Brief summary: From “The Canterbury Tales” – The General Prologue (Introduction)

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August 28, 2013 by ArtBlogger

From “The Canterbury Tales”

The General Prologue (Introduction)

-Geoffrey Chaucer (ca. 1343-1400)

About Chaucer and the poem in brief

-          Chaucer is also known as English Homer of Renaissance age and Father of English Poetry.

-          Canterbury Tales is a collection of tales in verse form.

-          Just the general introduction of the pilgrims travelling to the shrine of the martyr Saint Thomas Becket in Canterbury is described/given in prologue.

-          Chaucer’s original plan for the Canterbury Tales was for 120 tales (each character/pilgrims to tell 4 tales – 2 on the way to Canterbury and 2 on the way back) but only 24 tales are completed.

-          Chaucer himself has played as a character or narrator (one of pilgrims).

-          This poem shows the mirror-like society of 14th century.

-          Prologue consists of every types of people like nobility, clergy (persons termed as priests or ministers of Christian church) and commoners.

-          Poem represents the social and economic condition of his time (14th century England).

-          Narrator describes or balances both vice and virtues of characters.

-          Chaucer as a pilgrim (character) and Chaucer as a narrator (poet)

-          satirical use of irony (unmatched appearance and reality) in the poem

-          Chaucer’s characters (29+narrator himself)

a)      7 pilgrims – nobility

b)      7 pilgrims – clergy (related to church)

c)      15 pilgrims – commoners

-          Themes: The popularity of courtly love; corruption of church

-          Characters’ list:

a)       Knight

b)      squire

c)      Yeoman

d)     Prioress

e)      Second nun

f)       Monk

g)      Friar

h)      Merchant

i)        Clerk

j)        Lawyer

k)      Franklin

l)        Haberdasher

m)    Carpenter

n)      Weaver

o)      Dyer

p)      Tapestry maker

q)      Cook

r)       Shipman

s)       Physician

t)       Wife of Bath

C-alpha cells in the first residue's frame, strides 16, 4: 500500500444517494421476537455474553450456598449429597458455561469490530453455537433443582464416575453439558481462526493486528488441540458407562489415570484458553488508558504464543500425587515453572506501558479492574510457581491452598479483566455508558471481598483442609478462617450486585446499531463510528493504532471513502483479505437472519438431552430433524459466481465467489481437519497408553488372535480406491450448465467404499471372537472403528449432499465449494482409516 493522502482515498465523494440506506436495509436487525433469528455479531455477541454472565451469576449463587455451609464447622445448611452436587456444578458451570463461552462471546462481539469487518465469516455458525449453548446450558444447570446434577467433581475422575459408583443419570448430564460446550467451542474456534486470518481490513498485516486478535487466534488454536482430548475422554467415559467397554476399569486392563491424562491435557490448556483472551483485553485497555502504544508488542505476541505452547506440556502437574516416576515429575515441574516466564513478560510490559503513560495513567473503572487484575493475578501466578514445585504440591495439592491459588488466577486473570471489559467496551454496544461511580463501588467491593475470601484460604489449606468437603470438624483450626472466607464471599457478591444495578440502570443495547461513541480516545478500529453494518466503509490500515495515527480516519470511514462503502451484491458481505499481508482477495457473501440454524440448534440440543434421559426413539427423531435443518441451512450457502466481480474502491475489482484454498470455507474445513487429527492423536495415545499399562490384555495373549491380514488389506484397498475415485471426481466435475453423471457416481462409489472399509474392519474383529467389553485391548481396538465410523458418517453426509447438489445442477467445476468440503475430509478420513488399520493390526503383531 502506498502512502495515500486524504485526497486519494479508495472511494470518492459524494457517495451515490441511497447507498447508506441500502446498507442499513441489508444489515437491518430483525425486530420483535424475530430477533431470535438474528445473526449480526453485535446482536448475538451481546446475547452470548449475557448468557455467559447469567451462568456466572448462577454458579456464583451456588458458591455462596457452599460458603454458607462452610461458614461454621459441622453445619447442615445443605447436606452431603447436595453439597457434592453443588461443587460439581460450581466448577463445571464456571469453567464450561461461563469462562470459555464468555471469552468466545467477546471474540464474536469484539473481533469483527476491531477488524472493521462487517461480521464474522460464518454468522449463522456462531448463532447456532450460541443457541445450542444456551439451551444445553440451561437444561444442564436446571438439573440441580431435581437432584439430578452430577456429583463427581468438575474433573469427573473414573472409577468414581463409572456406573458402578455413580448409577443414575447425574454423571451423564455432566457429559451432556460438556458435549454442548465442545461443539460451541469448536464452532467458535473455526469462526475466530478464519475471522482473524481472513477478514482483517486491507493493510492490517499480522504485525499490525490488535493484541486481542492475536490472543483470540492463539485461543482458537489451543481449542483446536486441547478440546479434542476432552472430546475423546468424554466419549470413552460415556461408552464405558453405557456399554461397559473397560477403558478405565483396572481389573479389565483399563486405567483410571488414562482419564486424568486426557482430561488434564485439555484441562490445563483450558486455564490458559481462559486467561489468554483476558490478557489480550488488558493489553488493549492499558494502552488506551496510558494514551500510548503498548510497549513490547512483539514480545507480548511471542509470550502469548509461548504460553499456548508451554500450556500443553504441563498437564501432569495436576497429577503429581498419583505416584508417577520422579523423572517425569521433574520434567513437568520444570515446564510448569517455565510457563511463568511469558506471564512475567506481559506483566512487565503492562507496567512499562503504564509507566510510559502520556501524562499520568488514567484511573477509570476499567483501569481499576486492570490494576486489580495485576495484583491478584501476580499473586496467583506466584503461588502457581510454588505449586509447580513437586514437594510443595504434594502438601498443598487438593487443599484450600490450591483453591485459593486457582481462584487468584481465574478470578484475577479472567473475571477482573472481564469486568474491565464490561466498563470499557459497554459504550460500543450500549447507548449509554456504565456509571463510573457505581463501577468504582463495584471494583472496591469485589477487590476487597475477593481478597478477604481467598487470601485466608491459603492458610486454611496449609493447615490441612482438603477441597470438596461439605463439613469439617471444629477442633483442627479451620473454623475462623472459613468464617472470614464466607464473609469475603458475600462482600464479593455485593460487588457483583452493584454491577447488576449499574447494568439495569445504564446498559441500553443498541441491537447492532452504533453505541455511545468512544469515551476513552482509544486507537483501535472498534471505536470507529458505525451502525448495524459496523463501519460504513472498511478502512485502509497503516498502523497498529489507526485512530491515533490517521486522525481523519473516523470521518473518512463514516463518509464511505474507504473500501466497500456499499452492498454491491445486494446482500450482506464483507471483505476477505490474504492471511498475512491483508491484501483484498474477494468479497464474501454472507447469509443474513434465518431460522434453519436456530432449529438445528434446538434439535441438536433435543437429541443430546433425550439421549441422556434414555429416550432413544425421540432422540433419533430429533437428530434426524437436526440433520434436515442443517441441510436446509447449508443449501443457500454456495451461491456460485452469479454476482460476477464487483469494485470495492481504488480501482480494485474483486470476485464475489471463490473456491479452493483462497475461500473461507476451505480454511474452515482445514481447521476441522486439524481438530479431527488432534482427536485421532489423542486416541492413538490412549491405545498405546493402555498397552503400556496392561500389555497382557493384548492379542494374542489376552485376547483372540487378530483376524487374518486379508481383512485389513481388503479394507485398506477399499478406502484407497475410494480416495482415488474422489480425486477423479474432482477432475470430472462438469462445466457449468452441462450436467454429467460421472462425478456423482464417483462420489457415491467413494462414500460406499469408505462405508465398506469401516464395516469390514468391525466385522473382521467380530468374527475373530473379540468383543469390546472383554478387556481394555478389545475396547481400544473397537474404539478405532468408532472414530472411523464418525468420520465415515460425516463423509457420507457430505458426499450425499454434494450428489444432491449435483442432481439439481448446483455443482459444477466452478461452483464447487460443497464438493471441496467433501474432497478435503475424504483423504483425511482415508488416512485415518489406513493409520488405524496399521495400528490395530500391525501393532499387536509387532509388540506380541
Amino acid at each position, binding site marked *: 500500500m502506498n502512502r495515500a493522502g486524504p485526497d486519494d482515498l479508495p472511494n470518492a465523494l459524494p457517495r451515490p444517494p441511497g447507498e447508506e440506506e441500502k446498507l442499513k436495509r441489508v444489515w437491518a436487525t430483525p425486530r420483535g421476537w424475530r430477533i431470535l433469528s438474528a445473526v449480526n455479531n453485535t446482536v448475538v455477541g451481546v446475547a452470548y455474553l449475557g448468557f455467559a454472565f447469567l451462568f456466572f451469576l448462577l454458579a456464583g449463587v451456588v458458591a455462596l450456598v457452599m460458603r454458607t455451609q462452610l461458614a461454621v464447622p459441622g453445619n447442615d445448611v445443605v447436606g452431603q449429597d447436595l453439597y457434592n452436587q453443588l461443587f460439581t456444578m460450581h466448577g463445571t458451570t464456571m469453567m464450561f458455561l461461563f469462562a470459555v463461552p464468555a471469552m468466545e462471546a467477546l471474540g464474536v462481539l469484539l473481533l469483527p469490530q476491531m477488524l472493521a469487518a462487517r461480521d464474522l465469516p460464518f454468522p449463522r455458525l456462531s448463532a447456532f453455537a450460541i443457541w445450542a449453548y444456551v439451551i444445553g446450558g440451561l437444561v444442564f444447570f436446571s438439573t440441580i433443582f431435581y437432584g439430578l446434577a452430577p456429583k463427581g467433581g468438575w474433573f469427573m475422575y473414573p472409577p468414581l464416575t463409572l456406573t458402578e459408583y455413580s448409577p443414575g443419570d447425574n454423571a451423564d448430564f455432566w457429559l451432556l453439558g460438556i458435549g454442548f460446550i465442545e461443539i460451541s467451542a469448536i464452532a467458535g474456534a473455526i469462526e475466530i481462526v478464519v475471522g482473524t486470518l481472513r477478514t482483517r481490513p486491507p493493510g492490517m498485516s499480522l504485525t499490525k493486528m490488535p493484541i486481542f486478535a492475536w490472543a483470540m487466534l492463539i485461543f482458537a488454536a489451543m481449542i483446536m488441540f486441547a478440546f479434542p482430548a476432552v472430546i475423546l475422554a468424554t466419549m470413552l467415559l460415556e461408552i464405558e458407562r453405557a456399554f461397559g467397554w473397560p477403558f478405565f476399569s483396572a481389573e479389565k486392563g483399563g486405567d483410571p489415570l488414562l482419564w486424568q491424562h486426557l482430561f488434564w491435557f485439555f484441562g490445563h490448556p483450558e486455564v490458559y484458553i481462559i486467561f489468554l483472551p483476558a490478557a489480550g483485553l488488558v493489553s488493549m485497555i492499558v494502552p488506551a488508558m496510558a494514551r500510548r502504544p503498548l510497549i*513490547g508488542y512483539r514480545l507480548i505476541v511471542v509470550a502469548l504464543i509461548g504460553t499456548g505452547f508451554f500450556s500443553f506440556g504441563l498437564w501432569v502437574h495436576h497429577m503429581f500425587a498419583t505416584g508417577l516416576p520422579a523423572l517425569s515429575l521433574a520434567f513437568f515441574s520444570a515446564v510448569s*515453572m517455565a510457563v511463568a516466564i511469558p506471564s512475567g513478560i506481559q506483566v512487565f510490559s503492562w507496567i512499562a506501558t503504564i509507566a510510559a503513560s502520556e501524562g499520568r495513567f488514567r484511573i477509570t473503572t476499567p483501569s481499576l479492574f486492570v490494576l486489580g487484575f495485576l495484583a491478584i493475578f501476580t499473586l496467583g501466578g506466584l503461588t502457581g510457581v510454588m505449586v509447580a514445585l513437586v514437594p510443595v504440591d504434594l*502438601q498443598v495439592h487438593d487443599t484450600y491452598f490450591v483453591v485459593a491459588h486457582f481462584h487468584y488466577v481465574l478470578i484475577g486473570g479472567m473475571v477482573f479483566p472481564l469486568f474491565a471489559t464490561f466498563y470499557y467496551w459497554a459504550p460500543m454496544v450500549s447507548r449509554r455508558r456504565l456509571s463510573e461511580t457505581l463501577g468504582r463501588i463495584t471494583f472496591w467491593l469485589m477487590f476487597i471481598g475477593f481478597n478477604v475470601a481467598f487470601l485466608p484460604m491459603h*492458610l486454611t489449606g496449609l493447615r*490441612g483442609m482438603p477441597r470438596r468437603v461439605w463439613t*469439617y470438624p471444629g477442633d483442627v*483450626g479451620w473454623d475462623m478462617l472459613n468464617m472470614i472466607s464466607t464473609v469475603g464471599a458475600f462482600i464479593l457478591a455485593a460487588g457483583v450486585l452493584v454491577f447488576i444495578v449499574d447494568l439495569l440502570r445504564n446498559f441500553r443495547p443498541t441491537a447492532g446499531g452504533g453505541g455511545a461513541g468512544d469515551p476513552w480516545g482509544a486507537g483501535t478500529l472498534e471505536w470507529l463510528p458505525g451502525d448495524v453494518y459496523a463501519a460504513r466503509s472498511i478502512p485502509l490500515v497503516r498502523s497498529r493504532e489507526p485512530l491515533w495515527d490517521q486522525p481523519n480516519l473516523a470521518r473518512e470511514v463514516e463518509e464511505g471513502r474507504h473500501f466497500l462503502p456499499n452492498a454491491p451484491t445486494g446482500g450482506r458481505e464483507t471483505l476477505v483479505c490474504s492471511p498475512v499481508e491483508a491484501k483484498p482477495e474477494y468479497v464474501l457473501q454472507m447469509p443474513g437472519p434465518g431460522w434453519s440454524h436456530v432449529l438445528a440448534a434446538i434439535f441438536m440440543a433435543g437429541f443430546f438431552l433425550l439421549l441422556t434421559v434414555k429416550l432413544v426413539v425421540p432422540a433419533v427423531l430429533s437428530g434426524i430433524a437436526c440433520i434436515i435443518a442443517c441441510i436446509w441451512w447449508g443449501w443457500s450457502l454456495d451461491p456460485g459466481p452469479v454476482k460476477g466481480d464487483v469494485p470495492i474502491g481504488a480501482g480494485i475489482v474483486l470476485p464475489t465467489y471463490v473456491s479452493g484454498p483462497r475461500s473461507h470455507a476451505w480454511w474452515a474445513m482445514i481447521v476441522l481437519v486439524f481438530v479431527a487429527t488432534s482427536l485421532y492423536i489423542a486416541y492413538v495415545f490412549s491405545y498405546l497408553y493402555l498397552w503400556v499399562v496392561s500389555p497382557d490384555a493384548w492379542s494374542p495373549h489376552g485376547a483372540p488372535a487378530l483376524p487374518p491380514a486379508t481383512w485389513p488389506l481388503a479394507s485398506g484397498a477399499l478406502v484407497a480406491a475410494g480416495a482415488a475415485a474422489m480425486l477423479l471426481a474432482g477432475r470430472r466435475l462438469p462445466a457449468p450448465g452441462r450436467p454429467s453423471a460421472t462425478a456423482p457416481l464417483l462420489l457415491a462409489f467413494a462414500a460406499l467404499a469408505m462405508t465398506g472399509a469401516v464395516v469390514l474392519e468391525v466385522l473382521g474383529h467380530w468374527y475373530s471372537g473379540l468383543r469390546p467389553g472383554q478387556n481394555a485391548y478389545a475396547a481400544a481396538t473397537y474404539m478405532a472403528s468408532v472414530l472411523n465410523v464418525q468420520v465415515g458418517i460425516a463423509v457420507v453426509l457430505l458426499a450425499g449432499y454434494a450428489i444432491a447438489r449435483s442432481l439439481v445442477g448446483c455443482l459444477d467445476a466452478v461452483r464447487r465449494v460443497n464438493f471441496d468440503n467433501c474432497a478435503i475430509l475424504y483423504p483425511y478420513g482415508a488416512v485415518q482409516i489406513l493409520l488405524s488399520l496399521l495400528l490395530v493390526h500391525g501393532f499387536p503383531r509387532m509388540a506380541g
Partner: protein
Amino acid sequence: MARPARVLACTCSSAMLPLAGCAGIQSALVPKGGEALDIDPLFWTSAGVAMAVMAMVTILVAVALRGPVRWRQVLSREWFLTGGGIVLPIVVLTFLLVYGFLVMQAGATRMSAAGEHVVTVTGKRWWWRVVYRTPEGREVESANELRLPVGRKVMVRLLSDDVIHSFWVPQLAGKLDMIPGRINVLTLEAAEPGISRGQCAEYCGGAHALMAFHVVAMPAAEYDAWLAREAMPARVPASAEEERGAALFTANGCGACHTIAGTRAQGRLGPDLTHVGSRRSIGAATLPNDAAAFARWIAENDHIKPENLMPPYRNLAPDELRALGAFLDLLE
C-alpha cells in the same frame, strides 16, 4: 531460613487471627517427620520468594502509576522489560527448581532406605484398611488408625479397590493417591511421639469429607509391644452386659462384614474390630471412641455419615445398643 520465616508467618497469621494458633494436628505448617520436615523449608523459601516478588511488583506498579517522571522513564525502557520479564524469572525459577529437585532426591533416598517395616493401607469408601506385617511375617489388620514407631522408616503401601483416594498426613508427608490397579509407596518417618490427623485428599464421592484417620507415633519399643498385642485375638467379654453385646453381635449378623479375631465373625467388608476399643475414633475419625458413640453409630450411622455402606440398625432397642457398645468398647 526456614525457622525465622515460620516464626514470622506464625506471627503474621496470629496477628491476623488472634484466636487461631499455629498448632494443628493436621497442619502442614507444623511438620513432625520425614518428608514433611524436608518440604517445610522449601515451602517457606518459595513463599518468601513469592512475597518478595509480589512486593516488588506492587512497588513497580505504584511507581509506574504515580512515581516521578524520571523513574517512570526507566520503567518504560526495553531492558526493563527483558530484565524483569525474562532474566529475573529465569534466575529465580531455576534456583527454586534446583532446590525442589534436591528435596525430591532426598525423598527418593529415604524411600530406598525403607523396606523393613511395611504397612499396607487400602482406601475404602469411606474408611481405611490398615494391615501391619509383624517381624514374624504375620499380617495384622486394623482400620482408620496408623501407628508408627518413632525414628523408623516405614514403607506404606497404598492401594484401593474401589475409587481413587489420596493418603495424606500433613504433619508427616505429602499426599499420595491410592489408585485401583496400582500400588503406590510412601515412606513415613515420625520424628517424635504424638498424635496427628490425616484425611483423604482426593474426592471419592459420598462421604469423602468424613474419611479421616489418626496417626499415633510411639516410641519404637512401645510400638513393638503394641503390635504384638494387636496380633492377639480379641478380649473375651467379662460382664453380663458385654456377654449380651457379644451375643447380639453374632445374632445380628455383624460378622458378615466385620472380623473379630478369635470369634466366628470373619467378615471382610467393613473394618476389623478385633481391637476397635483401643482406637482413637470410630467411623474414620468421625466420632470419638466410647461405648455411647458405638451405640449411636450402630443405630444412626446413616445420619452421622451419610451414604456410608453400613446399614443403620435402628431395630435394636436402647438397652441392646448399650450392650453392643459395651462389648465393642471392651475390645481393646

u)      Parson

v)      Plowman

w)    Miller

x)      Manciple

y)      Reeve

z)      Summoner

aa)   Pardoner

bb)  host

cc)   Nun’s priest

dd) Chaucer himself (Narrator)

About the poem in brief:

Action begins at the Tabard Inn, a tavern Southward, near London, where group of pilgrims gather in preparation for their journey to visit the shrine of the famous Saint Thomas Becket (Archbishop of Canterbury). Narrator (Chaucer) himself joins them there and becomes one of their companies. People of different levels (class) are going to take part.

The owner of the inn, i.e. Host, makes the proposal for each pilgrim to tell four tales (2 on the way to Canterbury and 2 on the way back) where he himself would be the judge and the best tale (teller) would get a prize of a free dinner at the tavern at journey’s end. Everyone eagerly agreed with the proposal.

Some pilgrims tell stories where a character with another pilgrims’ occupation is humiliated in the course of tale. The Miller, for example, tells a tale about a carpenter whose wife not only commits adultery with a clerk but humiliates him in front of the whole town. The real carpenter (one of the pilgrims) takes it very seriously and proceeds to tell a tale of the miller where he suffers humiliation at the hands of some student. Rivalry occurs between Friar and Summoner too.

Characters with their description:

1) The Knight

worthy man

belongs to high social class

good example of nobility

loves chivalry

worthy, truthful in war

honoured for his worthiness

wise and bold

peacemaking/telling polite romance

2) The Squire (Knight’s son)

lovely and dusty bachelor

curly hair, teenager, pretty boy

moderate height

little time, he’s just begun serving

singing and fluttering, whistling all day

fresh as month of May

wears short gown with long and wide sleeves

can ride horse fairly

composes nice versed songs

loves night tales

doesn’t sleep more than a nightingale

always carves his lord’s (Knight’s) meat

represents youth feminity

3) The Yeoman (Knight’s military servant, former owning his own land)

has no servant

likes to ride

poorly dressed and has green hood

likes archery a lot (dressed in green and decked out with bow and arrow, dagger and sword)

dresses like a workman / has short hair, brown face

has mighty wooden crafted bow in his hand

wears wrist-guard and has a sword, shield, dagger (with sharp point)

wears Christopher medal shining like a silver

poet guesses as if the Yeoman is a forester (officer in charge of protecting forest wild animals).

4) The Nun (prioresse – Mother Superior)

coy (falsely modest, flirtation)

tries to exude grace, manners and sophistication but speaks poor French

upset when mouse dies

feeds dogs roasted flesh and finds food while other people die starving

deceptive,  saterised

tries hard to seem courtly

wears jewelry with “Amor Vincit Omnia” (love conquers all)

instead of carrying rosary beads, carries vanity beads

speaks fairly and elegantly dressed / called Madame Eglantine

doesn’t let even morsel (tiny piece of food) fall from her lip; doesn’t let the fingers dip in the sauce.

nose well-formed, eyes gray as glass, small mouth, soft dread, big forehead

5) The Second Nun (secretary of Nun)

hired by Nun as secretary